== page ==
If the steps above did not work for you, we are in the same position. While about to ditch this article entirely, I came across a Python script on GitHub called bluetooth-autoconnect. This is a Python script that automatically connects to all paired and trusted Bluetooth devices. However, the script is not available for installation directly into the Flatpak or Apt repository. Hence, we need to manually load and configure the service.
First of all, download the zip file from GitHub or use the following command to clone the repository to your home directory. git clone https://github.com/jrouleau/bluetooth-autoconnect.git
Now that we have the repository loaded, we need to move the service and scripts to their respective location before we start the service. In my case, I am using the systemd architecture, so the file destinations provided are applicable to distributions such as ArchLinux, Ubuntu, Debian, etc. sudo cp bluetooth-autoconnect / bluetooth-autoconnect.service / etc / systemd / system / sudo cp ‘/ home / pratik / bluetooth-autoconnect / bluetooth-autoconnect’ / usr / bin /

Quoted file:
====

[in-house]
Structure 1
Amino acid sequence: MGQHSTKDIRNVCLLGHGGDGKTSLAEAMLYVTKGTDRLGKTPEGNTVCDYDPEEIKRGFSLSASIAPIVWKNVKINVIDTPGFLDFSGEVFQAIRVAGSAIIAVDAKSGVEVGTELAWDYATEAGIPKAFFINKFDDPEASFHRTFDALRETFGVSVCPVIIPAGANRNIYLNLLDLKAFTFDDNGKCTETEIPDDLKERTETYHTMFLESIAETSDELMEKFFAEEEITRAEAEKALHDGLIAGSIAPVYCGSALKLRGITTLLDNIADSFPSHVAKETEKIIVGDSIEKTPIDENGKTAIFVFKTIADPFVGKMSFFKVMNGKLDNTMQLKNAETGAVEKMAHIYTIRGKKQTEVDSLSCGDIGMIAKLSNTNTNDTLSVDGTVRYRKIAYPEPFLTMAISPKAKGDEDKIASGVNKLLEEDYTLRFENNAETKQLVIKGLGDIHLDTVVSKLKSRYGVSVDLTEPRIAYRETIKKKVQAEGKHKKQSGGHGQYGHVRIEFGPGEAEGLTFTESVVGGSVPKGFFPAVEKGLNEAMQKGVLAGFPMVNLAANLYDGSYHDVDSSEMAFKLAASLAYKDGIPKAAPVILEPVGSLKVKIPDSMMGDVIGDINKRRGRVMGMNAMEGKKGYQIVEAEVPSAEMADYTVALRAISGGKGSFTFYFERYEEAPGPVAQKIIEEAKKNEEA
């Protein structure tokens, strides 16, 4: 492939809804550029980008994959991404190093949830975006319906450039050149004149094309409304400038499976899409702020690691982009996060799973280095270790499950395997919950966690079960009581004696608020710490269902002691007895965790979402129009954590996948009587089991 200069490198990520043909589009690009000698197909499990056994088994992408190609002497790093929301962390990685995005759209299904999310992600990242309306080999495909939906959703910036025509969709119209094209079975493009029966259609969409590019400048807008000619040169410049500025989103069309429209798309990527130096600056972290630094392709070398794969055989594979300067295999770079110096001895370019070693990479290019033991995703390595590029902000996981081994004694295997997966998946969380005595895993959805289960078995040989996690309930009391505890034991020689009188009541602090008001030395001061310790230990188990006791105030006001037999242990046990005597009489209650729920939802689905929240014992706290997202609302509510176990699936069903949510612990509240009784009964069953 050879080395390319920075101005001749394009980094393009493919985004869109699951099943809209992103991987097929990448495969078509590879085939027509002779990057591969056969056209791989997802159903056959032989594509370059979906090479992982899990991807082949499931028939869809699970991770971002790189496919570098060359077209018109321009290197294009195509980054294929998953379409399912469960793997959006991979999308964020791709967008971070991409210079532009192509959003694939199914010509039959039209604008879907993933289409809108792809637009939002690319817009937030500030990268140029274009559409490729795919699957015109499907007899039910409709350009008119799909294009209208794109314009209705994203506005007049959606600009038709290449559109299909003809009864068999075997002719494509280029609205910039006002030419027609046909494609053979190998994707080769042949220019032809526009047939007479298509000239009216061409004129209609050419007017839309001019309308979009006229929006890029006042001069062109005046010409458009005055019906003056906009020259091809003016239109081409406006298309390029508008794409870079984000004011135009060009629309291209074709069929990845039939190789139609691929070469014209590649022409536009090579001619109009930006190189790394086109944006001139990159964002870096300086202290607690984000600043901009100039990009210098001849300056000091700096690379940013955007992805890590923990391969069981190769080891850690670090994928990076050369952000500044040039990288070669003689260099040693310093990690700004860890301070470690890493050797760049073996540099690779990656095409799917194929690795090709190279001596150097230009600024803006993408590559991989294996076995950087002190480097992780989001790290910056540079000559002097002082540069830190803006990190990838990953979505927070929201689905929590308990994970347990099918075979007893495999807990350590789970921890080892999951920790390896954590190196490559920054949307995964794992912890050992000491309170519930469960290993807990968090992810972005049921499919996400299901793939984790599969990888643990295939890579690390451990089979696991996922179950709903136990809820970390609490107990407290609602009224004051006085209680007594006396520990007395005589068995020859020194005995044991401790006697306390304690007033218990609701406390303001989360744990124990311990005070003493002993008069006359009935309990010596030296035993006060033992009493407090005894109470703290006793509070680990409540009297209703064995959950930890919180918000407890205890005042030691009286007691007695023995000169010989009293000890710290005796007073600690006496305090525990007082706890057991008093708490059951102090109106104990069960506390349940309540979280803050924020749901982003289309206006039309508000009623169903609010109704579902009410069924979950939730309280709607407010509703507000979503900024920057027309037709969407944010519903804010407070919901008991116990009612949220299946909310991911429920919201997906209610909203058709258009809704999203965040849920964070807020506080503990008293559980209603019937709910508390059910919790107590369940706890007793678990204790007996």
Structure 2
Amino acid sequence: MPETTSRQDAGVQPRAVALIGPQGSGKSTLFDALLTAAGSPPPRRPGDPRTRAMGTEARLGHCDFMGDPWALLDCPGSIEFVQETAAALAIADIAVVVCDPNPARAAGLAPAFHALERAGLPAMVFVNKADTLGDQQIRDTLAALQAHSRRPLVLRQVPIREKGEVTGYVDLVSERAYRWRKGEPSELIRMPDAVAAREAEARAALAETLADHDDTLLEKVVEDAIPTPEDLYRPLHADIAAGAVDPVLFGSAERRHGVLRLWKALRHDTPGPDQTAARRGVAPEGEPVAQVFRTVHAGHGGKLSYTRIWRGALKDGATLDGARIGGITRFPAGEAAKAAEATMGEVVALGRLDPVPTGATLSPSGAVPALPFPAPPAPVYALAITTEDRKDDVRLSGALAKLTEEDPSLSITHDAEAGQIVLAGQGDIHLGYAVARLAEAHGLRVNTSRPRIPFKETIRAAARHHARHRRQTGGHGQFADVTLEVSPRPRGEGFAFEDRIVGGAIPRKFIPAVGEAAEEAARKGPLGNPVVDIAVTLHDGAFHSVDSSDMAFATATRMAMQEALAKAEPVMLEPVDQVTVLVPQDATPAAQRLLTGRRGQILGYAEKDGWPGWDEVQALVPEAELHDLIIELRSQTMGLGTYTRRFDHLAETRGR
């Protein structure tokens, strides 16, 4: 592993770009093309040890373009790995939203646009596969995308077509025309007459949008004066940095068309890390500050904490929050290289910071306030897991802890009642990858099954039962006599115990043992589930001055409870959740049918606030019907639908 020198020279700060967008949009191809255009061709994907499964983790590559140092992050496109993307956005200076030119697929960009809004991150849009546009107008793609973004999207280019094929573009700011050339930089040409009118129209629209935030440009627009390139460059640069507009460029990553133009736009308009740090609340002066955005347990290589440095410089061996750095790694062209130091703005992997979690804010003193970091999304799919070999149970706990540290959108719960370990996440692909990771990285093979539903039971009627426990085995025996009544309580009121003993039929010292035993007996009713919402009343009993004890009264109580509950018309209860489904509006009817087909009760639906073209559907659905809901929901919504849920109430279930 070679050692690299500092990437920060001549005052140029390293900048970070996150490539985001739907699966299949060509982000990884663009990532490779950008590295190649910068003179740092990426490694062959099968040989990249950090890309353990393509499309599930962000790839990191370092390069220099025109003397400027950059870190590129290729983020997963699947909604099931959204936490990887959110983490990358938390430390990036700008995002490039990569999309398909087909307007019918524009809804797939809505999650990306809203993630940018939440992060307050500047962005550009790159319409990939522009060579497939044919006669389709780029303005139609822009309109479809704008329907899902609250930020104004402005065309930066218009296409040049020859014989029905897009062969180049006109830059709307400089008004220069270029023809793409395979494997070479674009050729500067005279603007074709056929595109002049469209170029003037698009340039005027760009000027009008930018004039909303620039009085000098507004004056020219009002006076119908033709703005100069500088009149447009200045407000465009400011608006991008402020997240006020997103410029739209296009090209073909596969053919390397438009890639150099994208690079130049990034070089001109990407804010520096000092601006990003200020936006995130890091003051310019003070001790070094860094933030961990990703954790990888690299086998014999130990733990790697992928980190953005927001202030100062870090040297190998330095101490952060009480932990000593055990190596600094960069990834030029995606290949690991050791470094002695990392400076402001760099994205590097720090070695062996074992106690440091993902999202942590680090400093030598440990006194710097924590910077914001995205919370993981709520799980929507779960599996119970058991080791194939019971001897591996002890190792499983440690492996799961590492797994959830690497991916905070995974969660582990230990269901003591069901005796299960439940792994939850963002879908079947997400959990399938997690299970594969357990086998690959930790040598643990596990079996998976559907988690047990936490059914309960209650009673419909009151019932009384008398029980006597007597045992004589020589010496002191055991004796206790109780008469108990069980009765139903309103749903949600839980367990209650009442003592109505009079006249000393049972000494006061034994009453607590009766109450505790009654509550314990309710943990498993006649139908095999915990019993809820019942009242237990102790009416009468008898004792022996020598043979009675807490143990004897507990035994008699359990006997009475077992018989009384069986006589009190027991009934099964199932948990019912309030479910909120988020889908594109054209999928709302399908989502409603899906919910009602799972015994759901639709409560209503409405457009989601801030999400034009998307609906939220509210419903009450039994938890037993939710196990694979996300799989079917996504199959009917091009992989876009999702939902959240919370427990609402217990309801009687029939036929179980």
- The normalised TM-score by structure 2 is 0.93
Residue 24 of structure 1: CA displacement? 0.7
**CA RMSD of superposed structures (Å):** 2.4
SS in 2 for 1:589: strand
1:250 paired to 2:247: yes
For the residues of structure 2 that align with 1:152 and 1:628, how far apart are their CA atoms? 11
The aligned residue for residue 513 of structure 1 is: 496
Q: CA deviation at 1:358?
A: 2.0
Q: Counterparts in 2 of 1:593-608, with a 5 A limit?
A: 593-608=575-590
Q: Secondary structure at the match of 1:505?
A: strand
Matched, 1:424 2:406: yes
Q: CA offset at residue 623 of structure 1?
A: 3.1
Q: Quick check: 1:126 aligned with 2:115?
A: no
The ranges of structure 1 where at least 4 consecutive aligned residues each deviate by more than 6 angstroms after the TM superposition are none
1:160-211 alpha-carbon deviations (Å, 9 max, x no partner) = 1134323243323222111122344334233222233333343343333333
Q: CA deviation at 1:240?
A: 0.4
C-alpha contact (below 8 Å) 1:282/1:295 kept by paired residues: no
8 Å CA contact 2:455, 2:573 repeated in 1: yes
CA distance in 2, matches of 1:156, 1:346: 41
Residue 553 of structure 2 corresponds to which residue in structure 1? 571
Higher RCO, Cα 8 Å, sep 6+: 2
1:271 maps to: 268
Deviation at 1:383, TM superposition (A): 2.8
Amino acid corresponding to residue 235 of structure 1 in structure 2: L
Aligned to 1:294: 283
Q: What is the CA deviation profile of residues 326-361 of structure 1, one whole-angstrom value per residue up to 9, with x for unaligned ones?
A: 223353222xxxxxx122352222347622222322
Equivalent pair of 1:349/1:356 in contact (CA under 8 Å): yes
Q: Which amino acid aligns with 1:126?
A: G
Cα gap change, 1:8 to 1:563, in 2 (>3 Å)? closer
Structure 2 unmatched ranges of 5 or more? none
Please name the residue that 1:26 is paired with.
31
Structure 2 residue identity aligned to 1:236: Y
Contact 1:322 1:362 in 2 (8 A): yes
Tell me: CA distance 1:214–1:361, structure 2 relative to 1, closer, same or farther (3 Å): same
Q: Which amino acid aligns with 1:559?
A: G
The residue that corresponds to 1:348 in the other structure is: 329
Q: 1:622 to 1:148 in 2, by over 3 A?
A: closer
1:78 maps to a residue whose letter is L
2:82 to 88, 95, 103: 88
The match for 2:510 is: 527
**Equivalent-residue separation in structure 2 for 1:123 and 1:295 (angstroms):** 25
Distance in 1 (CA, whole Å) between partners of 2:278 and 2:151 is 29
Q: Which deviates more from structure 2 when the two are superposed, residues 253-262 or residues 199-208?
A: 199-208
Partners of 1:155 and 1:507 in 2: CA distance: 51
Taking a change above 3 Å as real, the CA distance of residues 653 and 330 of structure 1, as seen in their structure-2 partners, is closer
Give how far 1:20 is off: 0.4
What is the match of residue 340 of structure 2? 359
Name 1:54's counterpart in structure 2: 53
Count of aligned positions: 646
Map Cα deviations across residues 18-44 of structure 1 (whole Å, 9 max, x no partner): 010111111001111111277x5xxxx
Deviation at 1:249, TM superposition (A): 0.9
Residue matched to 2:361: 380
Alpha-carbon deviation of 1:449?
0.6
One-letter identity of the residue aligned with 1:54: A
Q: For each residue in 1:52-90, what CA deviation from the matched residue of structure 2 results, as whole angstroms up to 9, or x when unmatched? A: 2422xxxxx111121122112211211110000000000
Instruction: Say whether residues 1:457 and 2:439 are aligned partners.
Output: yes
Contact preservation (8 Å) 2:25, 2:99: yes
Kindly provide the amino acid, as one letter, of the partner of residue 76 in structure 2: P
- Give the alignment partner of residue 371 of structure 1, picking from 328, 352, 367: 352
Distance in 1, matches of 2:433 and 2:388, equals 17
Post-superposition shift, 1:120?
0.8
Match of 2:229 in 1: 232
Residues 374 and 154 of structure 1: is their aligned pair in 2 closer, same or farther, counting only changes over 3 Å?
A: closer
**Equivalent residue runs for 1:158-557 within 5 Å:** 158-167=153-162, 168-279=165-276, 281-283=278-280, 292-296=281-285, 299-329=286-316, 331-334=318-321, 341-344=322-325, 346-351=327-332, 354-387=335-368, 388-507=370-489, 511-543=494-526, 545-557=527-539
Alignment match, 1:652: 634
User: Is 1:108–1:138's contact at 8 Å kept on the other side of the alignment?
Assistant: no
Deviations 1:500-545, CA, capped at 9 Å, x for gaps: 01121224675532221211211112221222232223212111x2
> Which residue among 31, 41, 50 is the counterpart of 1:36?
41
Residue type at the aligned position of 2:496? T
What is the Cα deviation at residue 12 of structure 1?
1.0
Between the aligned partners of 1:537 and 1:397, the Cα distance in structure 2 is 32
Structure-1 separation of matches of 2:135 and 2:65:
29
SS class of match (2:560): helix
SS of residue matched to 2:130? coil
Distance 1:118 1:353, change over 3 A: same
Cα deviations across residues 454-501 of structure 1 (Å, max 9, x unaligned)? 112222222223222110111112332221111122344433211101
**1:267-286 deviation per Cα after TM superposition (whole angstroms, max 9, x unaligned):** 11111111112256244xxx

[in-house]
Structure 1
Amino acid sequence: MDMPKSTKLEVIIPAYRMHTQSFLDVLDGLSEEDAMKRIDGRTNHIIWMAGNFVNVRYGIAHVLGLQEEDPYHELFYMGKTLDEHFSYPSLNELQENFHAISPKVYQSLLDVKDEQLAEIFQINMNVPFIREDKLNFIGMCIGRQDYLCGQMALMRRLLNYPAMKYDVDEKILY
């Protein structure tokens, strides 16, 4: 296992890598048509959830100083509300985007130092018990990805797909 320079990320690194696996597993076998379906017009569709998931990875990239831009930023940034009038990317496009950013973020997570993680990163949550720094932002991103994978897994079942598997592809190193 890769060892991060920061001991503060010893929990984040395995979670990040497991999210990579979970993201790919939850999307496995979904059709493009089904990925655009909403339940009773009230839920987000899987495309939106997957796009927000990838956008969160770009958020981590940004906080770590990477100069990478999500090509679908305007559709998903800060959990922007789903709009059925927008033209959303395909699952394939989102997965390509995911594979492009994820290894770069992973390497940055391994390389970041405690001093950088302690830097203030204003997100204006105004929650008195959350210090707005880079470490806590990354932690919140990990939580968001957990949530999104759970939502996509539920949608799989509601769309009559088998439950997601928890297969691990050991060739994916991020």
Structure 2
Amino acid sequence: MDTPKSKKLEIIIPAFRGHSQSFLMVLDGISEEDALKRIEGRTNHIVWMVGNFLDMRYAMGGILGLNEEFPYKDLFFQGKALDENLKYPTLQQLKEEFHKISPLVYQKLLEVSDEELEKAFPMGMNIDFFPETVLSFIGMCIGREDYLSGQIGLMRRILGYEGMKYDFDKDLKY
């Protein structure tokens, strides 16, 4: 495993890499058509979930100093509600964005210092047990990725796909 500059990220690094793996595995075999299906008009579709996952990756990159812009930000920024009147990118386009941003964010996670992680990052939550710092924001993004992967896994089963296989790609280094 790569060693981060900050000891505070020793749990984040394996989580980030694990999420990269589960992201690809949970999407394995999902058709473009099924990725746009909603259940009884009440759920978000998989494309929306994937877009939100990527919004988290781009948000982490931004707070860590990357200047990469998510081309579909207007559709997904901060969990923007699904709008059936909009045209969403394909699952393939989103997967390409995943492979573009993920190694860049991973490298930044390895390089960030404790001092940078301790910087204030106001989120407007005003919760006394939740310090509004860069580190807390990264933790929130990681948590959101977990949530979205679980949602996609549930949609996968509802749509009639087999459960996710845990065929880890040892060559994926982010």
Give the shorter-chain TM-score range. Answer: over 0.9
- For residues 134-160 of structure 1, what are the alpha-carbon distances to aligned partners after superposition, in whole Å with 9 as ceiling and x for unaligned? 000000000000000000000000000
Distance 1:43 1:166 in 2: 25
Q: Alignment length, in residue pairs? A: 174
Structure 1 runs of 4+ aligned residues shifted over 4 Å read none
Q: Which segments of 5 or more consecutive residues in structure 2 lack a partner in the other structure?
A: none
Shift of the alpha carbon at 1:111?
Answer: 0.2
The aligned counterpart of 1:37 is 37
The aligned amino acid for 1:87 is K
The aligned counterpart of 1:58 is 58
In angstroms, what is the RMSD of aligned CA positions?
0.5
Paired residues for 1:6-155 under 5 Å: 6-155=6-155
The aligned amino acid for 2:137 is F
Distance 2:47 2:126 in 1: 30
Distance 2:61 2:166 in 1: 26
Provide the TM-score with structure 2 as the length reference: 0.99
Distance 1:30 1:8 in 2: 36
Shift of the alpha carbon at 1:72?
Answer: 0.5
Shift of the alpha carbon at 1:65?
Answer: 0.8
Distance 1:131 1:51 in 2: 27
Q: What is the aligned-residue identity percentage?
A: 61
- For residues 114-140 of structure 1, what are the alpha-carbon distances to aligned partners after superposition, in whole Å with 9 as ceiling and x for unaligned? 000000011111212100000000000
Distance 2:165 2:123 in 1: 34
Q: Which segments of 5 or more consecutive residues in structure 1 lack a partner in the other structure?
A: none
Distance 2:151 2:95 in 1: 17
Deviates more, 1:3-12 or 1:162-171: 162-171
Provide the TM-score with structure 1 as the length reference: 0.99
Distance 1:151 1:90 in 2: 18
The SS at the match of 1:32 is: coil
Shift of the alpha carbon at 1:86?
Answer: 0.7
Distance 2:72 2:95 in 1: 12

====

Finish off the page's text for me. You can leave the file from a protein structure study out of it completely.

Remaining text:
After we have successfully copied the service to the appropriate directories, let’s enable and start the service. To do this, use the following command. sudo systemctl enable bluetooth-autoconnect.service sudo systemctl start bluetooth-autoconnect.service
Now that we have the service running, it will try to reconnect to all paired and trusted Bluetooth devices. The only caveat when using this method is that you won’t be able to pair your Bluetooth device with other systems without disabling Bluetooth on your Linux computer. Because the device will always try to connect to your bluetooth device.
Visit GitHub with automatic bluetooth connection
In this article, I have looked through dozens of forums and articles on the Internet. I’ve tried using udev scripts for PulseAudio and Bluez Manager, but neither of them was able to auto-connect. Therefore, I have excluded them from this article. In my journey with Linux systems, besides the lack of good professional applications, Bluetooth was the second biggest problem. I could never come to the conclusion that the problem is in the manufacturer’s driver or whatever, Linux hasn’t figured it out yet.
Tell me about your experience in the comments and we can work out a solution together.